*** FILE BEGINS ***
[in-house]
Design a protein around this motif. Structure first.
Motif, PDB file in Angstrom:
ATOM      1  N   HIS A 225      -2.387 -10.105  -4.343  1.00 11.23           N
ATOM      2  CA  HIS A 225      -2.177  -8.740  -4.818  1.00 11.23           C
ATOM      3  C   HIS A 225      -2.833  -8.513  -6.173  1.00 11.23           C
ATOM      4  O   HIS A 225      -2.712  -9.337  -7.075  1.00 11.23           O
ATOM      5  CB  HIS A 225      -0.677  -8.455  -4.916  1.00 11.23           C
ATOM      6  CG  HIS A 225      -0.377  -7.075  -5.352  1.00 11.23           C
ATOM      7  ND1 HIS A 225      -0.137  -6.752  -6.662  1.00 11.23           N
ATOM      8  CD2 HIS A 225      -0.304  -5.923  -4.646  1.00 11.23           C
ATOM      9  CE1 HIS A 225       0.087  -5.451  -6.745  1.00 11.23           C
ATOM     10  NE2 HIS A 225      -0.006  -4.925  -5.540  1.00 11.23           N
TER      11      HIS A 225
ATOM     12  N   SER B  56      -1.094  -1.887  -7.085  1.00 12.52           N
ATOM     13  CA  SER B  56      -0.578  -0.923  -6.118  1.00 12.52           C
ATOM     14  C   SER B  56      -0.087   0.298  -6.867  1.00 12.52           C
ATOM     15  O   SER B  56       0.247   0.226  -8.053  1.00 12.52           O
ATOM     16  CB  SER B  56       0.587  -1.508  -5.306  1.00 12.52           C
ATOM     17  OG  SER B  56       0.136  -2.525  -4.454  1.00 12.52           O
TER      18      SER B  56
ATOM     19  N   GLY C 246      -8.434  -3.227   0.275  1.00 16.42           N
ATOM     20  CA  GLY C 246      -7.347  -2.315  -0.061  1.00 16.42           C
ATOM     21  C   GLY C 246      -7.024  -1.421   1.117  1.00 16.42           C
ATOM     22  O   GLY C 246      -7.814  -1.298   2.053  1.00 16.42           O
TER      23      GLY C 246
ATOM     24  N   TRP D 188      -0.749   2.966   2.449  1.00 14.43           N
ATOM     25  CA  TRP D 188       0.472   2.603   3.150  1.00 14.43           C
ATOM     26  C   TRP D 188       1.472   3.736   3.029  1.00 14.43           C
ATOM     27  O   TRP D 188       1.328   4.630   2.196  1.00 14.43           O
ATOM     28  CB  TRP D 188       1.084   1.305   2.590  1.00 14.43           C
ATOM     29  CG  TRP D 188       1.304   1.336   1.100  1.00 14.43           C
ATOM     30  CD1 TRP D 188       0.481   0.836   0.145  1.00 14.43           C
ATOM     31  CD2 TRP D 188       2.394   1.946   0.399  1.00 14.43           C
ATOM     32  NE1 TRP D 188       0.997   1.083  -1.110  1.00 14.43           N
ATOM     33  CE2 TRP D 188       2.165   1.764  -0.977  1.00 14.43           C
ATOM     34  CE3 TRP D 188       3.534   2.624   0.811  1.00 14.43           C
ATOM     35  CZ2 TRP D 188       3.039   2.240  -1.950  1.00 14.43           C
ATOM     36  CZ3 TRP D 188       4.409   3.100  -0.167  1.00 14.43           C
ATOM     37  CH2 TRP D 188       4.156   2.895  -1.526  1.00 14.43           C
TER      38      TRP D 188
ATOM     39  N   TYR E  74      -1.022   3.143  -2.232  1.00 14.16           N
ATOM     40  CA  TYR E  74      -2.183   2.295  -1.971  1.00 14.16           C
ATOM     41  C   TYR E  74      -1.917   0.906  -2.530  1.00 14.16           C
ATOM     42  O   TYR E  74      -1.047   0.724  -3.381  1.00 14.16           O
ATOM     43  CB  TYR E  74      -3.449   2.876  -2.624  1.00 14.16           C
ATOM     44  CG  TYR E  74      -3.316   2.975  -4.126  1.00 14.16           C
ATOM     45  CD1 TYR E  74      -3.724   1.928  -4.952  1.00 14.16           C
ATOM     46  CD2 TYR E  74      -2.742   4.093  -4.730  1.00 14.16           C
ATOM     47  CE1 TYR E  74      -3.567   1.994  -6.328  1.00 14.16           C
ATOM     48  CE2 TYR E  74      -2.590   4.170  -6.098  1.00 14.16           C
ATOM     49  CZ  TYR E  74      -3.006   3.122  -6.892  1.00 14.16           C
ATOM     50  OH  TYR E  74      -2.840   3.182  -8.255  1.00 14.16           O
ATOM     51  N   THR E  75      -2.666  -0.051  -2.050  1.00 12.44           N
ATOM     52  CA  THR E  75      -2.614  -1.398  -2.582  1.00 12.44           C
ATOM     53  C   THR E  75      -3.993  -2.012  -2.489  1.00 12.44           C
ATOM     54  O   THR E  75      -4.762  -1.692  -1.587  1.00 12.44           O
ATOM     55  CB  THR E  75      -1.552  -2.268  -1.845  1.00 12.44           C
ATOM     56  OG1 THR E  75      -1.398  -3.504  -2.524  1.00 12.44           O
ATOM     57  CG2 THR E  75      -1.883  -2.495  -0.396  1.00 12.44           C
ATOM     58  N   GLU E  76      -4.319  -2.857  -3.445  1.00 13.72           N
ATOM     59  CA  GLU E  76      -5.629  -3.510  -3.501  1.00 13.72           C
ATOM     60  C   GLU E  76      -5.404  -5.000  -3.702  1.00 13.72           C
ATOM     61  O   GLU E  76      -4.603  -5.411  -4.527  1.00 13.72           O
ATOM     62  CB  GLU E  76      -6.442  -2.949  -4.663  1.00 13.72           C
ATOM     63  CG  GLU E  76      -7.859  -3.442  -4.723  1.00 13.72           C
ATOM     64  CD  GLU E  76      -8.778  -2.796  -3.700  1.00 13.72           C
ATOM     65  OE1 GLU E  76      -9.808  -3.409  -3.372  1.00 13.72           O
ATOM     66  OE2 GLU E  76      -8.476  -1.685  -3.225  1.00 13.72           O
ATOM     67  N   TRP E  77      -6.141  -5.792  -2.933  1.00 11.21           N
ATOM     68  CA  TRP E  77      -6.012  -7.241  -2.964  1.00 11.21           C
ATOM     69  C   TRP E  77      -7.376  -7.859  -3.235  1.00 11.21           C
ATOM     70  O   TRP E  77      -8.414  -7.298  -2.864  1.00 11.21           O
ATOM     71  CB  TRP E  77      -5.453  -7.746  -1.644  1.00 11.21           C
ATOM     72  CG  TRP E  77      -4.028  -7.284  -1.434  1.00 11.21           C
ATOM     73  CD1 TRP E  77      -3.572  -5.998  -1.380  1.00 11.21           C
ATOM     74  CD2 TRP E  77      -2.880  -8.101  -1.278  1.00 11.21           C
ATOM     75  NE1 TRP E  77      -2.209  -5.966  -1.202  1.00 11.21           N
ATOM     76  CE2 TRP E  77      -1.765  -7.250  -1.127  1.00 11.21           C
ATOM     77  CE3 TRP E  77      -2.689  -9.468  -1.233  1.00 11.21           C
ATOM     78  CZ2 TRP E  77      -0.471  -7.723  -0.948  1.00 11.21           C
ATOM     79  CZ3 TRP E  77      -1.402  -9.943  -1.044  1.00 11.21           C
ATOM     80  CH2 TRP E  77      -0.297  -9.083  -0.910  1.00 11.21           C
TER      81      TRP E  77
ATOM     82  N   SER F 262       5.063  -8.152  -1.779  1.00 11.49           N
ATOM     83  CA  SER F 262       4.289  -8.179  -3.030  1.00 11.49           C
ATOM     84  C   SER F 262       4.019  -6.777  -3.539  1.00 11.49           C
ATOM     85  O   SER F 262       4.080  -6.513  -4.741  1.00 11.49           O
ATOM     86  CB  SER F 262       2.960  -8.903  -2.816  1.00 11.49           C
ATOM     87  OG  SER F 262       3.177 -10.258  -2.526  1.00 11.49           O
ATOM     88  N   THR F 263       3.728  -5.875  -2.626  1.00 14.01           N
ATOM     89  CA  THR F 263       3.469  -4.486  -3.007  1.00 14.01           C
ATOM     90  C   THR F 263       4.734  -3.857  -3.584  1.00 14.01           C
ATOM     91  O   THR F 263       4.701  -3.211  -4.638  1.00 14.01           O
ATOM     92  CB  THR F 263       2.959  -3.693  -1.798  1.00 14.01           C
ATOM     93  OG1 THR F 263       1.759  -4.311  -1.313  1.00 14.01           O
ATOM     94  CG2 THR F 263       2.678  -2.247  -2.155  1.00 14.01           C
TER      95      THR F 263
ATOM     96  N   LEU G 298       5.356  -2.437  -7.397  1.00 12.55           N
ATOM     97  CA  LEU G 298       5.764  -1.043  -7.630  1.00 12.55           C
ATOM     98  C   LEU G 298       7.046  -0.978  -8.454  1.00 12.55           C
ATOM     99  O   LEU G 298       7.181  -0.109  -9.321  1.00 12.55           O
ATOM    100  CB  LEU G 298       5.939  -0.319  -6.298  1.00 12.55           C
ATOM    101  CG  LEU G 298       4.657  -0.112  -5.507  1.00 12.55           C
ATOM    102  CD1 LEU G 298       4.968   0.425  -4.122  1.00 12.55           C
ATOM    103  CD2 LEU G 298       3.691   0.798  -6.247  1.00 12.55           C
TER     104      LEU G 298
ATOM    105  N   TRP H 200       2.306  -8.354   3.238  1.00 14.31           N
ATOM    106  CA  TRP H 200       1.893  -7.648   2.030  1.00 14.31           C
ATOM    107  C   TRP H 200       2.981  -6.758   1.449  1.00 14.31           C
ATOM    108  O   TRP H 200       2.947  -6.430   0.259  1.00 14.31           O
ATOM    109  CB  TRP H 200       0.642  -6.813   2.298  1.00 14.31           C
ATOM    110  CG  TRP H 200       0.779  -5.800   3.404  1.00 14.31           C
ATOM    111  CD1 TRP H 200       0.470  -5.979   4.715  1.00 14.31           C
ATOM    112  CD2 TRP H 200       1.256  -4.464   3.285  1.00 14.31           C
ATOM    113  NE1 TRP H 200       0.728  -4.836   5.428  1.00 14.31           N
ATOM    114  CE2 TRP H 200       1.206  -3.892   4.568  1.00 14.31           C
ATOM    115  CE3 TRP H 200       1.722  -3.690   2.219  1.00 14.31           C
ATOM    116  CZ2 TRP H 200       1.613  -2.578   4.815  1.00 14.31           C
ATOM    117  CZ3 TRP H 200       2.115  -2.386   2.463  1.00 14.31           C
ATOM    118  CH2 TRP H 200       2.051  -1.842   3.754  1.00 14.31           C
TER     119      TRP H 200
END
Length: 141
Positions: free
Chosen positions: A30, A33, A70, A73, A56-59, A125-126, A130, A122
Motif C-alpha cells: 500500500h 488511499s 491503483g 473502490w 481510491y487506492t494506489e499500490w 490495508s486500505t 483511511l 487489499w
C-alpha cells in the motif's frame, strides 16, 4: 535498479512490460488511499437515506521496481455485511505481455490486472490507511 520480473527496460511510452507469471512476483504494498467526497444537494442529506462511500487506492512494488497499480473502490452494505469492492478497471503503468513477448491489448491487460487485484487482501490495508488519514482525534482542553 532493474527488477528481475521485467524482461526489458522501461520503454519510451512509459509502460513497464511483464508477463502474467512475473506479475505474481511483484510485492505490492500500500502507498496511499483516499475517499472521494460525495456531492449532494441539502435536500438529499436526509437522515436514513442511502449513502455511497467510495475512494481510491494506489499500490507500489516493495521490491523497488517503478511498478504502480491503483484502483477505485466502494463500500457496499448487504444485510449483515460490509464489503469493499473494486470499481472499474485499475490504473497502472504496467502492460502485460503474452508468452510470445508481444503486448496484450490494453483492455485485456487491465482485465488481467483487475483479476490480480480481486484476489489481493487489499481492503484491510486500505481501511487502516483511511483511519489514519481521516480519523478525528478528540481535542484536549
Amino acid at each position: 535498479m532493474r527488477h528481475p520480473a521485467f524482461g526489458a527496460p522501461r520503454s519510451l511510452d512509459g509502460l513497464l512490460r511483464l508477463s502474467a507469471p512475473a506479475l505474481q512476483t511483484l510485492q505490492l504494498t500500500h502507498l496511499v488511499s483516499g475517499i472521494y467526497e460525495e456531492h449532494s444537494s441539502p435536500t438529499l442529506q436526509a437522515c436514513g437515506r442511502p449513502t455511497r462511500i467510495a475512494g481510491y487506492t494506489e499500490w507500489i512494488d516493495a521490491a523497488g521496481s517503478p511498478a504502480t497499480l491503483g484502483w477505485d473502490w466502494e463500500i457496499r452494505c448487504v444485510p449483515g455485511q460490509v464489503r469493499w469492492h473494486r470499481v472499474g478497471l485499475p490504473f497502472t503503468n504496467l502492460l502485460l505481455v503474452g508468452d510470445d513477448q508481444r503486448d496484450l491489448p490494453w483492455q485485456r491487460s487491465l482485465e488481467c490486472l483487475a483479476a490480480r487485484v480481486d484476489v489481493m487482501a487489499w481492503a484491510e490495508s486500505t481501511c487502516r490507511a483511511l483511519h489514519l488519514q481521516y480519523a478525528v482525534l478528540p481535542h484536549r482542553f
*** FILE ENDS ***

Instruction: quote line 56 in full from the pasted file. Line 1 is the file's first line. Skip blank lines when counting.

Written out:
ATOM     53  C   THR E  75      -3.993  -2.012  -2.489  1.00 12.44           C